This book is a study of the complex nature of colonial and missionary power in Portuguese India. Written as a historical ethnography, it explores the evolving shape of a series of Catholic festivals that took place in Goa throughout the duration of Portuguese colonial rule in India (1510-1961), and for which the centrepiece was the “incorrupt” corpse of São Francisco Xavier, a (Spanish Basque) Jesuit missionary (1506–1552)-turned-saint (1622). Using distinct genres of source materials produced over the long duree of Portuguese colonialism in India (Xaverian biographies, European travelogues, royal decrees and Jesuit letters, a state commissioned book dedicated to Xavier, Goa guidebooks, newspaper articles, and medical reports), the book documents the historical and visual transformation of Xavier’s corporeal ritualization in death from a small-scale religious feast arranged by Jesuit missionaries (1554), into an elaborate celebration of Xavier’s canonization organized jointly by church and state (1624), and finally, into a series of “Solemn Expositions” designed by colonial officials at regular centenary intervals (1782, 1859, 1952), including the last colonial exposition of 1961 staged amidst Goa’s liberation and integration into postcolonial India. These six ritual “events”, staged at critical junctures (1554, 1624, 1782, 1859, 1952, 1961), and always centered on Xavier’s biography and corpse, provide the conceptual framework for individual chapters of the book.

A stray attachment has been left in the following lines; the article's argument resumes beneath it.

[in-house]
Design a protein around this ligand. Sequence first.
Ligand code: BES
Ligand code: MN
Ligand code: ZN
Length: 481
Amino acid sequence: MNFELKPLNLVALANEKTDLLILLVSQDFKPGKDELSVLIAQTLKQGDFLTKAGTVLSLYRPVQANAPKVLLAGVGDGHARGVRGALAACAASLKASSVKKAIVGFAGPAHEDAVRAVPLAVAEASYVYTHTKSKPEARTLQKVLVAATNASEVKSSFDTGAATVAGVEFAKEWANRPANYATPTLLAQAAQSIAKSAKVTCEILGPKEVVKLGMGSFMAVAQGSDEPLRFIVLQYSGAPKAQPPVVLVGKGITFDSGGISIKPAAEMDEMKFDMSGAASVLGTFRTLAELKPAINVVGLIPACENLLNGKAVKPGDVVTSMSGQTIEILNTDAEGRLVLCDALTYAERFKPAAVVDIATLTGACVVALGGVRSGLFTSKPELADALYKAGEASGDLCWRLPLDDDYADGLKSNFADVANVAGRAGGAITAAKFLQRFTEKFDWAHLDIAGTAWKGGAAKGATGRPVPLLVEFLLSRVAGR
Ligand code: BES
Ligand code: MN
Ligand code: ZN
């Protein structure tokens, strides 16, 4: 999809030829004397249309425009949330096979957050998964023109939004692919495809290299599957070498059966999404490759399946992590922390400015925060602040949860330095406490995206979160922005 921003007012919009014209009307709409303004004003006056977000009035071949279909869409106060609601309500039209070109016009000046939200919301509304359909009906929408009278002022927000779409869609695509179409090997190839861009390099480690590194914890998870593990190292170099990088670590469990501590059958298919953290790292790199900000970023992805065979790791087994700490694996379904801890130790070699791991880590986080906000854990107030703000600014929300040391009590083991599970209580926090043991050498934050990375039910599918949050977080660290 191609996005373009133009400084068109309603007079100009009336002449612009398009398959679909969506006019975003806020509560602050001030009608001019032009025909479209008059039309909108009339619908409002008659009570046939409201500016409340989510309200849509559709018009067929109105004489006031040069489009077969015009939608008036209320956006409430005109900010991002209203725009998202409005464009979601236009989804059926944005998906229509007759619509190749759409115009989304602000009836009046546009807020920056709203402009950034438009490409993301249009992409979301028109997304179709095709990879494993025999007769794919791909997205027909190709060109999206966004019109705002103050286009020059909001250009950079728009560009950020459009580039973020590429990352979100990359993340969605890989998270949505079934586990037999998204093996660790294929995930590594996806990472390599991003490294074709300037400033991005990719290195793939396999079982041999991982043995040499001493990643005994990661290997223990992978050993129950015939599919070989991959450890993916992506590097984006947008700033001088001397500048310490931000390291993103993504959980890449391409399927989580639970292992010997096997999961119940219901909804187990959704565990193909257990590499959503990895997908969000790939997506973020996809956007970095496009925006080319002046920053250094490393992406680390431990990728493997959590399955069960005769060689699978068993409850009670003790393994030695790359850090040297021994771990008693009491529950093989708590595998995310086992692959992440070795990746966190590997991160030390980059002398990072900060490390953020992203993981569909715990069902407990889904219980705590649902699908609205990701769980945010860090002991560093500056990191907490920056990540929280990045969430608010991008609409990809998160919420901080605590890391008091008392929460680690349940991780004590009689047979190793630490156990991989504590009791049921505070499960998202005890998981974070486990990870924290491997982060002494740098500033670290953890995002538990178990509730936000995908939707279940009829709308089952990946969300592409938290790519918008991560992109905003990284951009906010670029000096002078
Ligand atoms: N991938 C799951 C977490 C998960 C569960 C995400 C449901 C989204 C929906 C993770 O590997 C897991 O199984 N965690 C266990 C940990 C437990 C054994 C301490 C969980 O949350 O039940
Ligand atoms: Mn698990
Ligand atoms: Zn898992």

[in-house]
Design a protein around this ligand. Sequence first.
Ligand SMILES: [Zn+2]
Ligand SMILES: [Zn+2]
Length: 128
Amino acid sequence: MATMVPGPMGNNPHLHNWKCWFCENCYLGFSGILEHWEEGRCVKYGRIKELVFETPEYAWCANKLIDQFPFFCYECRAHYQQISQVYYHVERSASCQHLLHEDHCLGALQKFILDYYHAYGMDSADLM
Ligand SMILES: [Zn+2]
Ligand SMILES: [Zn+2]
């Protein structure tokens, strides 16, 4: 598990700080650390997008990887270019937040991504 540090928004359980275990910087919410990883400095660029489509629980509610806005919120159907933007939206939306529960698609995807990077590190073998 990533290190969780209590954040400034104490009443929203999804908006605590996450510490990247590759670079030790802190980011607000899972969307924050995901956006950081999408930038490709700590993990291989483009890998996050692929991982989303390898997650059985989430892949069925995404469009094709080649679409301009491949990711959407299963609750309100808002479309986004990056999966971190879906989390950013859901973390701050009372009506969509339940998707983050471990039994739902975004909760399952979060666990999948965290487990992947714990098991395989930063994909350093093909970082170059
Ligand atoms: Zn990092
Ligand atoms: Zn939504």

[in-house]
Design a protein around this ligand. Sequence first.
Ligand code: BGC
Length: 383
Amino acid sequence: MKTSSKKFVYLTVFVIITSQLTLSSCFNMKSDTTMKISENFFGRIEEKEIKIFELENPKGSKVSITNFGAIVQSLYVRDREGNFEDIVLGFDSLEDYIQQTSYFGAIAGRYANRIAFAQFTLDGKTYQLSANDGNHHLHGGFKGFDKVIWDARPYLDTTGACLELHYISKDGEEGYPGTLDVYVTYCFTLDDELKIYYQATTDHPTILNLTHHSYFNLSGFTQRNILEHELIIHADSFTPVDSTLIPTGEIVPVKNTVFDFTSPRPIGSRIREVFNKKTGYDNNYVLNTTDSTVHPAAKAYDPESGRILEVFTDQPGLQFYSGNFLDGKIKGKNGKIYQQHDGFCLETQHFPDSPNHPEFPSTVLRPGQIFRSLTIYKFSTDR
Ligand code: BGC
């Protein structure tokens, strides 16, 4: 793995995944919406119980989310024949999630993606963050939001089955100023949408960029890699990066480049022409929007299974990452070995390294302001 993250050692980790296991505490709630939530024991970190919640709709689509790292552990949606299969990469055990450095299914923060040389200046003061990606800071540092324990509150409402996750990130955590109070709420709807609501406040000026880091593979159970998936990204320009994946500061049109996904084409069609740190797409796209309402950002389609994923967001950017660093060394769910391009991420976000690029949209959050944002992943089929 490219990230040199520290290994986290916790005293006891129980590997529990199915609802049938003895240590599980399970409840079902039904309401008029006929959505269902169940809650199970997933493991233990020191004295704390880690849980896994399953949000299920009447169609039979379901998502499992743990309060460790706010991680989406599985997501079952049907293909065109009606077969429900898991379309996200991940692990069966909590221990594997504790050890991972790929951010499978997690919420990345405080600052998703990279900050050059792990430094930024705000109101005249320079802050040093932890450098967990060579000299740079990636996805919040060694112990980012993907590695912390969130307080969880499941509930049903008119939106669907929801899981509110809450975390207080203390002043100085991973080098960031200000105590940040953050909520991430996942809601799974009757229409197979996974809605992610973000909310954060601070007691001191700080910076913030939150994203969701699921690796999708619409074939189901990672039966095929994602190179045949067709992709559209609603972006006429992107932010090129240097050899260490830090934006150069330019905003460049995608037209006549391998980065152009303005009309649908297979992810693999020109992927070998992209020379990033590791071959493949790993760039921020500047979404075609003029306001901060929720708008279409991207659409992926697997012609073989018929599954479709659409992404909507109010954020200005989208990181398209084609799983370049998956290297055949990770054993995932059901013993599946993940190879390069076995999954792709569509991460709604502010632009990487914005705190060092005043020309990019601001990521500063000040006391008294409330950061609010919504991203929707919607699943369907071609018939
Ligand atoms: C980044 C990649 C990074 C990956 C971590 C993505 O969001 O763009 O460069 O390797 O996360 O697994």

English politicians and America, 1660-1683
Robert M. Bliss